Following the positive diagnosis of CSF on a premises, usually the pig herd will be slaughtered as a preventative measure. The carcases, bedding and feed etc. will be disposed of and the affected premises thoroughly disinfected. Control zones are set up, and pig movements within this area are controlled. Surveillance within and around the control zone with study of the epidemiology of the outbreak are looked at (possibly tracing entry points of the infection and possible routes of spread).

What kind of infectious agent causes Classical Swine Fever (CSF)?

Classical swine fever (CSF) is caused by a small RNA virus with a lipid envelope, the Classical swine fever virus. The virus, which was previously called Hog cholera virus, is closely related to the ruminant pestiviruses which cause Bovine viral diarrhoea and Border disease of sheep. Current CSF viral strains which circulate in different parts of the world are of varying virulence, i.e. they may cause mild, medium, or severe symptoms.

How can I disinfect after CSF?

Classical swine fever virus (CSFV) is relatively stable in moist excretions of infected pigs, pig carcasses and fresh pig meat and some pig meat products. It is readily inactivated by detergents, lipid solvents, heat, proteases and commonly used disinfectants.

When do I have to consider CSF? What are typical symptoms?

The outcome of classical swine fever strongly depends on the age and, to a lesser extent on the bread, of the infected pigs and the virulence of the infecting strain. A wide range of symptoms are possible. The most severe symptoms can be observed in piglets and young pigs. In older breeding pigs the course of the infection is often mild or even almost asymptomatic.
After introduction of the virus in a susceptible herd the first symptoms are fever, lack of appetite and lethargy. The pigs often huddle together. These symptoms can easily be mistaken for other diseases. Further symptoms of the acute disease are haemorrhagic lesion of the skin, multifocal hyperaemia, conjunctivitis, cyanosis of the extremities, diarrhoea, dyspnoea and coughing. Occasionally the animals vomit, show ataxia, paresis or convulsions. The mortality in young pigs may be as high as 90%. Acutely diseased animals usually die 5 to 15 days after onset of the illness. The chronic form of the disease is more seldom.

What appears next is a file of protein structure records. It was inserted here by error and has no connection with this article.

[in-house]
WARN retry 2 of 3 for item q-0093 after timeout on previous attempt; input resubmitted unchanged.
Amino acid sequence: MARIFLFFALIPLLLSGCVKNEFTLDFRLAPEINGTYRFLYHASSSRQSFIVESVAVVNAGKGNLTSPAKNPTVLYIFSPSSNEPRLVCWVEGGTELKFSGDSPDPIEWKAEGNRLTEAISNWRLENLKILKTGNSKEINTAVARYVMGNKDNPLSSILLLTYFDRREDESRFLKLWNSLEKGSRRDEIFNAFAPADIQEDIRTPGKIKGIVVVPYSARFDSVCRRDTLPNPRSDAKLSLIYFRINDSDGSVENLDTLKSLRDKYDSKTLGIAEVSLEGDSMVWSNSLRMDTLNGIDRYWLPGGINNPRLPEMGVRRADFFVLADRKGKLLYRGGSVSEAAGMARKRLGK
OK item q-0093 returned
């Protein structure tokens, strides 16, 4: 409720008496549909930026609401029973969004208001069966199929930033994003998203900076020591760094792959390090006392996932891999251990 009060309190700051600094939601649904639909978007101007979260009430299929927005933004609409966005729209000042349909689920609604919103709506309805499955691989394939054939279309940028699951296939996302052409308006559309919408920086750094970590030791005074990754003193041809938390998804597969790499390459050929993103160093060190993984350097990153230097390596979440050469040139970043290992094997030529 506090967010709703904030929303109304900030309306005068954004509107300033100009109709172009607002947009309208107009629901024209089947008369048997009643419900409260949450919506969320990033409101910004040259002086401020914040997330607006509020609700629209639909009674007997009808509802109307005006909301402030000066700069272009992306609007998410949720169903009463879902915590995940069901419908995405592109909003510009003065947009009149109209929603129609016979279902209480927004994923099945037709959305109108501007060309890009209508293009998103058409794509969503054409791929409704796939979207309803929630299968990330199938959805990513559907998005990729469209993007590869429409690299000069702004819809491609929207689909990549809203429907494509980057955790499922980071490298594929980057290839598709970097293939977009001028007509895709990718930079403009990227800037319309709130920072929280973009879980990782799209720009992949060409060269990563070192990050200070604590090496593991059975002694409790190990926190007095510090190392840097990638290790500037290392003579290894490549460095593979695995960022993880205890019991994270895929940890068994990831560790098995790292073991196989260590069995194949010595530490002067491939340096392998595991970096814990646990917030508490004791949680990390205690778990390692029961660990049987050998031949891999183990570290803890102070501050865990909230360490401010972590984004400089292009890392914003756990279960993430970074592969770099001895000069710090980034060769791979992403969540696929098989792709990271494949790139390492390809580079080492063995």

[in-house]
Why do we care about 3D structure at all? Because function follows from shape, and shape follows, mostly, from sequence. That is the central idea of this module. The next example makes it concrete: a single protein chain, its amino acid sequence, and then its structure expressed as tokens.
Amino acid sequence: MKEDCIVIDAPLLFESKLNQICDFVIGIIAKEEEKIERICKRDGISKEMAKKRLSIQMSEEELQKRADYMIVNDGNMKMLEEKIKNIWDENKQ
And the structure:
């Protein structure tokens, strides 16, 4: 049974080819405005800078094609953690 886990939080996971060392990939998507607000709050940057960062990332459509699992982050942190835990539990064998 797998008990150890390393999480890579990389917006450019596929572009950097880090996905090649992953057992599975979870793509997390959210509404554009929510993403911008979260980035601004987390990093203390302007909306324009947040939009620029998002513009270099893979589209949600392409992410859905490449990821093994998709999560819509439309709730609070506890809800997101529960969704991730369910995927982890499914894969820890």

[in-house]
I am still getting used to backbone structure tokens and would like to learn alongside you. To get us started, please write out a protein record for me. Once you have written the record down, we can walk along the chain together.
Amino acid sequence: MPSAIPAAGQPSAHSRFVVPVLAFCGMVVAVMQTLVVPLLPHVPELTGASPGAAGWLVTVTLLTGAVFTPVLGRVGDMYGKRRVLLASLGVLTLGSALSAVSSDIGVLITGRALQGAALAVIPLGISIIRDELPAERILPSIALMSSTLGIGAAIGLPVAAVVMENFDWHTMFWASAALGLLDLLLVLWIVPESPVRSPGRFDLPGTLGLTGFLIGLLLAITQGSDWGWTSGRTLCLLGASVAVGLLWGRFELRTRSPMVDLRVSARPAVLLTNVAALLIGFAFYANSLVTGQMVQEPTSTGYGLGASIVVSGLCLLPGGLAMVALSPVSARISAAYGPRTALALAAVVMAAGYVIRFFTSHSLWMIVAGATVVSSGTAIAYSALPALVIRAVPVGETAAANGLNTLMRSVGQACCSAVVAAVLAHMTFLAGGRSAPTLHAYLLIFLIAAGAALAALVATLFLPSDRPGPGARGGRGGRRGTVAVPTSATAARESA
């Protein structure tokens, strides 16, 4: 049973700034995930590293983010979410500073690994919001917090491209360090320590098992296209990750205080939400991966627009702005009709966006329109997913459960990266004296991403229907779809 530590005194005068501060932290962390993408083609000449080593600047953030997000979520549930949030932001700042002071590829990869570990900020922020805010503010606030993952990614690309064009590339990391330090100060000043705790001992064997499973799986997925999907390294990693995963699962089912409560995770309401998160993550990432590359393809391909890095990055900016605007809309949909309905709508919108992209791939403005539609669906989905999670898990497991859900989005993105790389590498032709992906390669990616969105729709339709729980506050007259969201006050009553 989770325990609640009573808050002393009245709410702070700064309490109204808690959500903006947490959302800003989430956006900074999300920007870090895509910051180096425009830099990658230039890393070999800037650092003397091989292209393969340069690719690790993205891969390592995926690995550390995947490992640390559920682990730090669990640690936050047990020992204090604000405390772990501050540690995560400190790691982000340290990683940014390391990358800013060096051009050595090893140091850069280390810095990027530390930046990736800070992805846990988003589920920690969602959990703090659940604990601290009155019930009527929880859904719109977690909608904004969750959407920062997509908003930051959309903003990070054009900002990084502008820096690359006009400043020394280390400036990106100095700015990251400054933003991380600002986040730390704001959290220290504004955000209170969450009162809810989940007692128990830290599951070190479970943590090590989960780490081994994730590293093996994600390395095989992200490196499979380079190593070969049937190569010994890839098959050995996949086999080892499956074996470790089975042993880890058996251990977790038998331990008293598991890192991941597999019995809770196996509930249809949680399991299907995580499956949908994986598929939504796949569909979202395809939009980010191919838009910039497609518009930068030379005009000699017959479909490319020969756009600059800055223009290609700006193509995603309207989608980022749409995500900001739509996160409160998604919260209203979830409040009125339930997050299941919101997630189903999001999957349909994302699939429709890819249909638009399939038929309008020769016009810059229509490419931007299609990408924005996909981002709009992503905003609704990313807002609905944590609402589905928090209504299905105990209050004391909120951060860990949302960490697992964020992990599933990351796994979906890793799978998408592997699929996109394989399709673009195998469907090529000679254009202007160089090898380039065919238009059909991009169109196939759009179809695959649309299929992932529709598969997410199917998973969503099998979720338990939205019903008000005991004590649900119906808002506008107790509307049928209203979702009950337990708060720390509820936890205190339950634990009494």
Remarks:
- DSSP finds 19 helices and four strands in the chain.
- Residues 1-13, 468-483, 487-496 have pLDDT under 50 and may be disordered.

The initial signs are similar to the acute infection. Later the pigs develop non-specific symptoms, e.g. intermittent fever, diarrhoea and wasting. Animals can survive 2-3 month before they relapse and die.
Congenital form: CSFV can be transmitted during pregnancy from the sow to the fetuses. Infection during early pregnancy results in abortions, stillbirths, mummification or malformations. Infection of sows at up to 90 days of pregnancy can lead to the birth of persistently infected piglets, which may be clinically normal at birth and survive for several months. After birth they may show poor growth, wasting or occasionally congenital tremor. This course of infection is referred to as "late onset CSF". These piglets may play a crucial role in spreading the disease and in the maintenance of virus persistence within a population as they constantly shed virus until death. Infection during late pregnancy may result in the birth of weak piglets, which grow poorly and die later.

Can other animals apart from pigs be infected by CSFV?

Pigs and wild boar are the only natural reservoir of classical swine fever virus.

How is the virus transmitted? What are the most important routes?

The main natural route of infection is horizontal,e.g. oronasally by direct or indirect contact with infected pigs. The virus is excreted by diseased animals and already during incubation with all secretions and excretions. Congenitally infected persistently viraemic piglets spread high amounts of virus until they die. Within a herd the virus is mainly transmitted by direct contact. The transmission to other holdings may occur via visitors, veterinarians or pig traders by contaminated clothes, vehicles, instruments etc. In areas with a high density of pigs spread of virus easily occurs between neighbouring pig holdings. Disease transmission via semen of infected boars may also occur. Within the EU the feeding of swill to pigs is prohibited. However, especially in private backyard holdings this ban is difficult to enforce and feeding of virus contaminated food can be the cause of CSF outbreaks. Another route of infection is direct or indirect contact between backyard pigs and wild boar.